Holy hills: Marathon by the Sea Race Re-cap

The course was stunning. The hills were horrific.

This year’s half-marathon at Marathon By the Sea was challenging. At times, I hated it. At times, I was enthralled by Saint John’s beauty. At times, I questioned my sanity.

But I did it, and I’m glad I did.

It was my first half-marathon since having my son 13.5 months ago, and I’m pretty proud of that fact. My body has been around the bend and back since then, and I finished in 2:09:57, within a minute of my MBTS half-marathon in 2013 – when I was in the best shape of my life, and when the course was notably easier (but still hilly and hard!).


The weather was ideal, starting in the high teens with clouds and a light breeze. After creeping away from my quiet house (Silas slept through the night – bonus!!!), I met up with my friends Jen and Vanessa, and we walked to the starting line together. We all agreed, the new start/finish on the waterfront was both convenient, spacious and pretty.


At about 8 a.m., the gun went off, and we started out jogging together toward Harbour Passage. It wasn’t long before I parted ways from the other girls. We were pacing around 5:40 mins/km and I wanted to slow it up a bit and conserve energy for the many hills I knew lay ahead.

First big hill: Reversing Falls to the bridge. This is a classic, and since it was near the beginning, it was easy to tackle. The terrain continues upward until you reach Manawagonish Road, which is close to my house. Since I know and run this route often, I felt comfortable and actually started picking up my pace again. As runners near the front of the pack started passing by on the out-and-back portion, I felt motivated and cheered for people I knew. I glanced at my watch and was surprised at my pace.

After looping back to Lancaster Avenue, the route hit a prolonged, gradual downhill stretch. I let gravity do the work and rode the hill as easily as I could. I enjoyed this part, running along Riverview Avenue and its colourful wood shingled-homes, some a little worse for wear.

At the end of the street, we continued down an old, paved path that loops under an overpass and links to the Harbour Bridge. The path provided a unique view of the harbour and the port.

At this point, we were about 10 km into the run, and as I hit the Fundy Fog Chasers water station, I ate half of a gel. I didn’t want to chance eating the whole thing at once, but in hindsight I wish I did. I tossed the rest and started the second half of the course — which was nearly all uphill.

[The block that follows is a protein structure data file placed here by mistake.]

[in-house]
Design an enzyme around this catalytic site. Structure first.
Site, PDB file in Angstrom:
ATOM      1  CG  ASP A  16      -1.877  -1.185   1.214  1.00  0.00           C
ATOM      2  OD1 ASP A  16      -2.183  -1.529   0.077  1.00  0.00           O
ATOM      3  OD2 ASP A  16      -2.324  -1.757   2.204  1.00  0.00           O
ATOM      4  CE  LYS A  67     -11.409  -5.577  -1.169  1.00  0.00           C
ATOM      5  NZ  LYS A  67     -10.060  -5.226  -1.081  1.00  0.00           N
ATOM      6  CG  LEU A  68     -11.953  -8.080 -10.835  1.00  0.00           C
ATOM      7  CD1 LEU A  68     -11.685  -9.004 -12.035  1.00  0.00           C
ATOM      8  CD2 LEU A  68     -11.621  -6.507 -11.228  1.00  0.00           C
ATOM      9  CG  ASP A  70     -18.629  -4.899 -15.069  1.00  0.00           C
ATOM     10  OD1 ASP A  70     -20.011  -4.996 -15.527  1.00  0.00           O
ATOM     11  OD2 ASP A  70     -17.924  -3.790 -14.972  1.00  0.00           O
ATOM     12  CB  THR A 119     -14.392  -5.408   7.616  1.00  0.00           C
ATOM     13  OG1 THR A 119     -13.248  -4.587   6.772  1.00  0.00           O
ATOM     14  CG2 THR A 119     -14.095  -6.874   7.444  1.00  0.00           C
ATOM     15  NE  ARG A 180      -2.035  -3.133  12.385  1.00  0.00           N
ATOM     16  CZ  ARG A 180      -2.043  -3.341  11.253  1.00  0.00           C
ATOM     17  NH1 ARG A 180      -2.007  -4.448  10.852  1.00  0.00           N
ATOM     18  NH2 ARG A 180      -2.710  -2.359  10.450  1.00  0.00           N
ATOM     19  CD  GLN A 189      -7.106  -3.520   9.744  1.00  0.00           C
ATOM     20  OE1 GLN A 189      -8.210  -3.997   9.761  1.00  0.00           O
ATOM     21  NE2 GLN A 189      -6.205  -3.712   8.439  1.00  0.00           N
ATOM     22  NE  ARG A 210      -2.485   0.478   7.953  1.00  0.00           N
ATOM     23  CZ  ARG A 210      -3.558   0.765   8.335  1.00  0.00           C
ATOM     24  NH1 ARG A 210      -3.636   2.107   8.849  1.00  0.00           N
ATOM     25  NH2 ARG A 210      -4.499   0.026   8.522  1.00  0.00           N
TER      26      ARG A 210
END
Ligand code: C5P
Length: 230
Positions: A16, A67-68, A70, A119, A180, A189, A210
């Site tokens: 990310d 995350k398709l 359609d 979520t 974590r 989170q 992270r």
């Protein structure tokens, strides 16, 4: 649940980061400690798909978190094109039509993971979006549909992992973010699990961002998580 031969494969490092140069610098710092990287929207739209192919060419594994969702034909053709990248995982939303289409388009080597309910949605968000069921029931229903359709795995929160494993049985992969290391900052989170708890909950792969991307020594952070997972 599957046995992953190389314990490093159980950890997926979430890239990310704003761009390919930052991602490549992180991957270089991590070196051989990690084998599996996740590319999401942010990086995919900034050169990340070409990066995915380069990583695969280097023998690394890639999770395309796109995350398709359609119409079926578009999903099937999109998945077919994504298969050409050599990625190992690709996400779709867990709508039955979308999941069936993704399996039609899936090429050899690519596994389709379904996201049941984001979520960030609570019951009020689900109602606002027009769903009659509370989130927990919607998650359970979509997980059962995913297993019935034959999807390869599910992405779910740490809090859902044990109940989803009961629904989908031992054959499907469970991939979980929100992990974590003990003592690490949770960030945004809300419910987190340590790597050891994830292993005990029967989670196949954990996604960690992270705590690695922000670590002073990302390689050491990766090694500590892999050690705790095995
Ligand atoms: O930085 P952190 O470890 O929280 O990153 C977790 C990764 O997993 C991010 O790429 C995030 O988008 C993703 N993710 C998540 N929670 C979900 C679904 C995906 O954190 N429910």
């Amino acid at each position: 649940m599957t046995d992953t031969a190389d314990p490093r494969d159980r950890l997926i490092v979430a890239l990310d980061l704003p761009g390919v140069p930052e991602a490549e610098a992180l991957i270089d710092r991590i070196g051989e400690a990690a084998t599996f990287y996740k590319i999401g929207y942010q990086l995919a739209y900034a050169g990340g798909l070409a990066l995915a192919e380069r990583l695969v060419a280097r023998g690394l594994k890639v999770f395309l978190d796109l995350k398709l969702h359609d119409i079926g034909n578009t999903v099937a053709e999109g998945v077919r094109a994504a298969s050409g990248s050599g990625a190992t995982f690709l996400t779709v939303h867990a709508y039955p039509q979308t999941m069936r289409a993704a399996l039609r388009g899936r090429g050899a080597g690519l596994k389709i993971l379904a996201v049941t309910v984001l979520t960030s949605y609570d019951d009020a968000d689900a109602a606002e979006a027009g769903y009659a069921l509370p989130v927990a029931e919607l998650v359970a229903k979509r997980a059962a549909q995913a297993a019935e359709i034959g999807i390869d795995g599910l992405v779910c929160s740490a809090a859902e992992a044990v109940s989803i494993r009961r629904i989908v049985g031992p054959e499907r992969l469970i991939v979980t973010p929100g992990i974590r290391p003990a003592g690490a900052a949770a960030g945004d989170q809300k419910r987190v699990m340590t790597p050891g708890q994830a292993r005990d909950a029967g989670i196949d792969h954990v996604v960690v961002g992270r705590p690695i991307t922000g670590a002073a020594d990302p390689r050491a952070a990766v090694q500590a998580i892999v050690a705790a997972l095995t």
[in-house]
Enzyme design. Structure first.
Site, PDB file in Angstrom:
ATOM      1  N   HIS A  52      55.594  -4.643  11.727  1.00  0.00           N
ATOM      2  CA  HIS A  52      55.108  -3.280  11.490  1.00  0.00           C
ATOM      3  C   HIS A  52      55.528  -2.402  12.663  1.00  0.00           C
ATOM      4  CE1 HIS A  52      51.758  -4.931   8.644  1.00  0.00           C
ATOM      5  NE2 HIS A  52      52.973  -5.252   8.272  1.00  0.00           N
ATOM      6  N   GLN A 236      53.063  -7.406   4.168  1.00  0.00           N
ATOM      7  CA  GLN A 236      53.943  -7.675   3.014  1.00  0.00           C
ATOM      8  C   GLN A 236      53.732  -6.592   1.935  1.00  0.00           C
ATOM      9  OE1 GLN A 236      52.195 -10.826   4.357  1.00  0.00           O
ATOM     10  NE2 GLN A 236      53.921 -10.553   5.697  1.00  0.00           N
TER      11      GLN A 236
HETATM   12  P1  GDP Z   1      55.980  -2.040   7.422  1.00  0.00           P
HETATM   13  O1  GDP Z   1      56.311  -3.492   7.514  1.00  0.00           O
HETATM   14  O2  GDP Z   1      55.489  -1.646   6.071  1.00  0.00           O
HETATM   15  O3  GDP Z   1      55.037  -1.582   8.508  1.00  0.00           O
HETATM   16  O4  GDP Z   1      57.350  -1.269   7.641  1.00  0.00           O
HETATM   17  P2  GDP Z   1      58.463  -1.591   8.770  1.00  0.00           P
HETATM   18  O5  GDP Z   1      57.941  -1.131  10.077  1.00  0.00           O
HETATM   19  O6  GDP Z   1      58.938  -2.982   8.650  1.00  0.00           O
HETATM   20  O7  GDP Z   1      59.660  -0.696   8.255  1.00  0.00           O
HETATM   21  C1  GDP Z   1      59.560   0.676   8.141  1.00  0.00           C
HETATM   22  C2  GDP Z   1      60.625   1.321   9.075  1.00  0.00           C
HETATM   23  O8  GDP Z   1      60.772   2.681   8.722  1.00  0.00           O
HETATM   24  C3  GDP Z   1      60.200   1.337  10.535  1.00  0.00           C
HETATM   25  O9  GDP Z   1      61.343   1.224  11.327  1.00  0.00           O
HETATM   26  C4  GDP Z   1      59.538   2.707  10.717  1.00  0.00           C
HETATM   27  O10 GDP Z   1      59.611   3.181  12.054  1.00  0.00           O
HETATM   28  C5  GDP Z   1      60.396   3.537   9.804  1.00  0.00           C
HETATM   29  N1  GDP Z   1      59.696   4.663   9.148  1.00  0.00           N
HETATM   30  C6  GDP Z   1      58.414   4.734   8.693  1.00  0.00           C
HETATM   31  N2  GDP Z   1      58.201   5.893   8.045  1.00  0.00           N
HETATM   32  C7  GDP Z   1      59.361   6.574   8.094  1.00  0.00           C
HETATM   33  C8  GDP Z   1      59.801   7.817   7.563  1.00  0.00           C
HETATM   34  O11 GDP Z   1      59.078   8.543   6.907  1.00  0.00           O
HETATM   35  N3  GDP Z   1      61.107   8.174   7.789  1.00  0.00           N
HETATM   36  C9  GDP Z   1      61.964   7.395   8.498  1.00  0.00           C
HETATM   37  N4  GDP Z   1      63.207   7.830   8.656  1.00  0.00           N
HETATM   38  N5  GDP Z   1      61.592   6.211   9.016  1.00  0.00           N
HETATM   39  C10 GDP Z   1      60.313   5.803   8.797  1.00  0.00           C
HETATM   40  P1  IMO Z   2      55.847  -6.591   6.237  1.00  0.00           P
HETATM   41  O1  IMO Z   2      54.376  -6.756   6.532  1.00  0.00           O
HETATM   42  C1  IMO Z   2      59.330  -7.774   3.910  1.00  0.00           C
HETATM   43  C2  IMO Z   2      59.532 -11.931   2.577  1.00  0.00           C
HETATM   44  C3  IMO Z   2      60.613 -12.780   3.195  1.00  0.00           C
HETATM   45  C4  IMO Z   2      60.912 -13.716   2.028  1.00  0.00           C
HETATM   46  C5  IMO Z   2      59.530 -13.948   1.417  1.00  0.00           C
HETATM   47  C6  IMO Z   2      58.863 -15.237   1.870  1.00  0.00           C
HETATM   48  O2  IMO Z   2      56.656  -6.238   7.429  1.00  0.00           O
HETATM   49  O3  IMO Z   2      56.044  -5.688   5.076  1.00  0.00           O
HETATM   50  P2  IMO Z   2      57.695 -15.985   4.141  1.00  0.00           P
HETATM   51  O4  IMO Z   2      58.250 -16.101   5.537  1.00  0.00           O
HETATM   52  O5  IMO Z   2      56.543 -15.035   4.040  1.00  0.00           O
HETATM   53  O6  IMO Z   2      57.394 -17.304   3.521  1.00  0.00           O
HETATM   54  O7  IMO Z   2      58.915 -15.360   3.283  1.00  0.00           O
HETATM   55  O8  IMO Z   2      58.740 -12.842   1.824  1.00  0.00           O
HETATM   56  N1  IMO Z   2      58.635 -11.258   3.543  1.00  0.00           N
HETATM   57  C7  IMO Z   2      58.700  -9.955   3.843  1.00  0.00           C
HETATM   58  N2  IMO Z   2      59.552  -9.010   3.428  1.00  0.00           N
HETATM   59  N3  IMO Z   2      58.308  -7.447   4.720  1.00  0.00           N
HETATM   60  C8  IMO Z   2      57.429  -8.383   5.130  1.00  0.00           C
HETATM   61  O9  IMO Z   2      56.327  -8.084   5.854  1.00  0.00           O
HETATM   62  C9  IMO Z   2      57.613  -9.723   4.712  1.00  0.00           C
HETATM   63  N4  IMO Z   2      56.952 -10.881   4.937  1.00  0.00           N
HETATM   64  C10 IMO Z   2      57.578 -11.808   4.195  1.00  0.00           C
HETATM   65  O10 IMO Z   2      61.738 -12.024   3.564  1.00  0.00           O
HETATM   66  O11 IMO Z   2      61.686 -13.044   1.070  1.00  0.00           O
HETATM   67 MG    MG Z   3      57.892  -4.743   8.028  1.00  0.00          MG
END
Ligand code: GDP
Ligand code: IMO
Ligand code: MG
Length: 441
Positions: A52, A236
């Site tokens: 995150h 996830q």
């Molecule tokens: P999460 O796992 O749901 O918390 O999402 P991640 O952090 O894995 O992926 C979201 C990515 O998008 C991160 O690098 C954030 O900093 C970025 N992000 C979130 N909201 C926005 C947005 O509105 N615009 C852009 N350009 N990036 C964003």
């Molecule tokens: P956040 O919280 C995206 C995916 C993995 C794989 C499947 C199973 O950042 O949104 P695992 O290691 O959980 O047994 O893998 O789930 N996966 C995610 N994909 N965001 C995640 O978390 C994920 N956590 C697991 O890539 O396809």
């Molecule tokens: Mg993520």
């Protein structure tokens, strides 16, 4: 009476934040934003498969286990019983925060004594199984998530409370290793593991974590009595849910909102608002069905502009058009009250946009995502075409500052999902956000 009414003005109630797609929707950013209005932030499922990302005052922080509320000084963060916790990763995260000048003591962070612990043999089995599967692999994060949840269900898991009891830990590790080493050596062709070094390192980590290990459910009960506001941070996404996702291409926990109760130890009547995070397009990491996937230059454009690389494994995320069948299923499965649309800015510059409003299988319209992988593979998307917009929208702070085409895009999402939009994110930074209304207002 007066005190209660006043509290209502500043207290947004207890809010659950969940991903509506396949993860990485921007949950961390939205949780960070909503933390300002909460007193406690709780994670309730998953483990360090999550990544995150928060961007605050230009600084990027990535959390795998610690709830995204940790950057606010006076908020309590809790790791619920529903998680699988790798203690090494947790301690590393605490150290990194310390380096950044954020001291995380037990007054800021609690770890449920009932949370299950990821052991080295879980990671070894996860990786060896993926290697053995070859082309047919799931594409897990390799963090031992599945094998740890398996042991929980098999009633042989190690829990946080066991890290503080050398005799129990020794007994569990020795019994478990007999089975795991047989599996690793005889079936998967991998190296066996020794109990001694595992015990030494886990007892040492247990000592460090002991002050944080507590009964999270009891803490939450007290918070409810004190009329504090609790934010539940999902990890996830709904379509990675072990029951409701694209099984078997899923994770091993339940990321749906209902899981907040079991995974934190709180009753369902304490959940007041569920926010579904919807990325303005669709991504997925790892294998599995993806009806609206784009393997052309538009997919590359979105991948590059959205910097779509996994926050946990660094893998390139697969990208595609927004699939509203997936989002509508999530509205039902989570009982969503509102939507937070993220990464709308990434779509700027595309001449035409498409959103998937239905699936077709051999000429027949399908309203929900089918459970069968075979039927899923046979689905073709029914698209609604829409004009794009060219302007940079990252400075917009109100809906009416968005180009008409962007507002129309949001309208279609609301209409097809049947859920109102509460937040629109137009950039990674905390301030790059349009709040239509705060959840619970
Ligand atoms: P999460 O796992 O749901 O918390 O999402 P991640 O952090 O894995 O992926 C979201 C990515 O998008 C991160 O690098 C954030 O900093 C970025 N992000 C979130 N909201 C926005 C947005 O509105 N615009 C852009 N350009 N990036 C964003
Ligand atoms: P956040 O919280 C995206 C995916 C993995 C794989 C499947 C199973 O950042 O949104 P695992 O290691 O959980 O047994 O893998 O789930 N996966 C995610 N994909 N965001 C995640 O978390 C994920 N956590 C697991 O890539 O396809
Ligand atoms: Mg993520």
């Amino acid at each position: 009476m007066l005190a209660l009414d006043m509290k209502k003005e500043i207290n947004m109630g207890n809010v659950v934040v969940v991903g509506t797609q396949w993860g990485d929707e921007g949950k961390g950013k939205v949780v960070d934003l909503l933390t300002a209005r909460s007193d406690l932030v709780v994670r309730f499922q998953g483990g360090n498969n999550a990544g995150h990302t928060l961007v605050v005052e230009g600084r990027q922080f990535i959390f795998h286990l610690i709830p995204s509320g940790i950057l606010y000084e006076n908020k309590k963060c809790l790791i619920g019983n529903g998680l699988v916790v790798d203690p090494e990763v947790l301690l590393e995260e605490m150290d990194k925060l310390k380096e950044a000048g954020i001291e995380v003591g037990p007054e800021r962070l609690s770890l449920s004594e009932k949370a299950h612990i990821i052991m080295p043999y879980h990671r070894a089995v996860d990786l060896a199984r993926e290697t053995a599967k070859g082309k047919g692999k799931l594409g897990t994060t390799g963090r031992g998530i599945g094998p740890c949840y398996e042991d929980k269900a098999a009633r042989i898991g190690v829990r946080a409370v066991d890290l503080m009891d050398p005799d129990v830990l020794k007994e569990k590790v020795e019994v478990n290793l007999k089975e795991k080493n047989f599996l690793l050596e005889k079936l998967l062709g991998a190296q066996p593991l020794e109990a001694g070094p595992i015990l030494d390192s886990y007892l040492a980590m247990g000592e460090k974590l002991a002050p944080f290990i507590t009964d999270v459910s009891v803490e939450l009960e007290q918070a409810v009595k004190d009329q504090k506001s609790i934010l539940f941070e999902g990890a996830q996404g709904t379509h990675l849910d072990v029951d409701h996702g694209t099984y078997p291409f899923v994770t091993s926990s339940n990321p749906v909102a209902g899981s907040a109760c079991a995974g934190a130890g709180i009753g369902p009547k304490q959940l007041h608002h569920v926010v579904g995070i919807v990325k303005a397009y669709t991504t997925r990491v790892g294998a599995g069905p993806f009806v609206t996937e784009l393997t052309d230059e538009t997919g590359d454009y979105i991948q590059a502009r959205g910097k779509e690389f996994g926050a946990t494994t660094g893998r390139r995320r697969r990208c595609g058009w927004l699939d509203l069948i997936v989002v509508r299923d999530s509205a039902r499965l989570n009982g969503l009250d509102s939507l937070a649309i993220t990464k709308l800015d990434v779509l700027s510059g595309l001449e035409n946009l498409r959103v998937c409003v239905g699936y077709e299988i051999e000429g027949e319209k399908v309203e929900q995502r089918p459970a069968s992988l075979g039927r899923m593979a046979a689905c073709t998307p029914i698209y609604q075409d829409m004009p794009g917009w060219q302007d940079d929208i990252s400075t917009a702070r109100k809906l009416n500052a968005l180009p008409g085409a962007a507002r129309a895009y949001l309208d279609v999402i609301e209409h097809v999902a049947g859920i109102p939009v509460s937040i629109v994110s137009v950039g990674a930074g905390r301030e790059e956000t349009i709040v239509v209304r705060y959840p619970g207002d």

I was pumped to cross the Harbour Bridge. Part of the highway system, the bridge is not typically open to pedestrians, so this was a unique opportunity. My pace slowed significantly as I began the ascent. Once I crested the hump of the bridge, I threw my arms in the air in triumph. But there was so much more work ahead.

The next challenge was getting through the Chesley Drive exit, which includes another steep incline before dropping down to Chesley Drive, then another steep part until Main Street. This was tough, but I kept at it without walking.

I always hate the next part, past Lansdowne Plaza and up toward Mount Pleasant Avenue. I’m not sure why. It smells like dumpsters or something, likely from the mall and string of fast food joints. But to my delight, I passed a water station manned by members of Saint John city council – people I interview multiple times a week. This provided a motivational jolt – just what I needed.

The next tough part was climbing Parks Street followed by Mount Pleasant Avenue. More gradual hills. But it’s lovely along these tree-lined street filled with beautiful old homes. I walked a bit on Mount Pleasant, and my feet were feeling it by this point. But there were about 7 km to go, and I could feel the end was near.

All I had to tackle was Rockwood Park. It’s only another series of hills, some on uneven trails. Hah!

This was my low point. I walked a lot. My legs were throbbing. My feet too. My face twisted in exertion. I could feel sweat and salt sticking to my skin. Where was the next water station? Why was I doing this again? I told myself I just had to get back out of the park, then I would hit the big downhill of Crown Street, and the finish line would be around the corner.


Crown Street, and its wicked steep descent, ruined me. My knees hurt. My child-bearing hips hurt. At the bottom, I felt as though my feet were done. Just done. I had 2 km to go. At this point, I was close to 2:00. I told myself, if you have to walk to the finish, it’s OK. But I kept on.

More hills. Three more. They were hard. Still ran. Ran slow.

I wanted to cry, but I took out and earbud and I could hear the crowd. I started scanning the sidewalks for my husband and Silas, as well as some friends who had come to cheer me on. Knowing the would be there kept me in tact.

Then I saw them, and as they cheered for me, I picked up the pace, I ran as hard as I could. I saw Silas, and waved, and recognition registered on his precious face. He gave me that glowing, toothy smile, and I pressed across the finish line, arms overhead.


When I saw 2:11:04 on the clock, I felt a little disappointed at first. Far from my personal best of 1:59, and slower than my last Marathon By the Sea time of 2:09:09. But when I put it in perspective, and remembered to check my chip time, which was a minute or two faster, I accepted my victory.

Hills and all.

Marathon By the Sea half-marathon 2015: 2:09:57. 6:12 mins/km. 29/51 in my age category (F 30-39). 205/335 overall.


Published by

April C

Writer, editor and mom in Saint John, NB.

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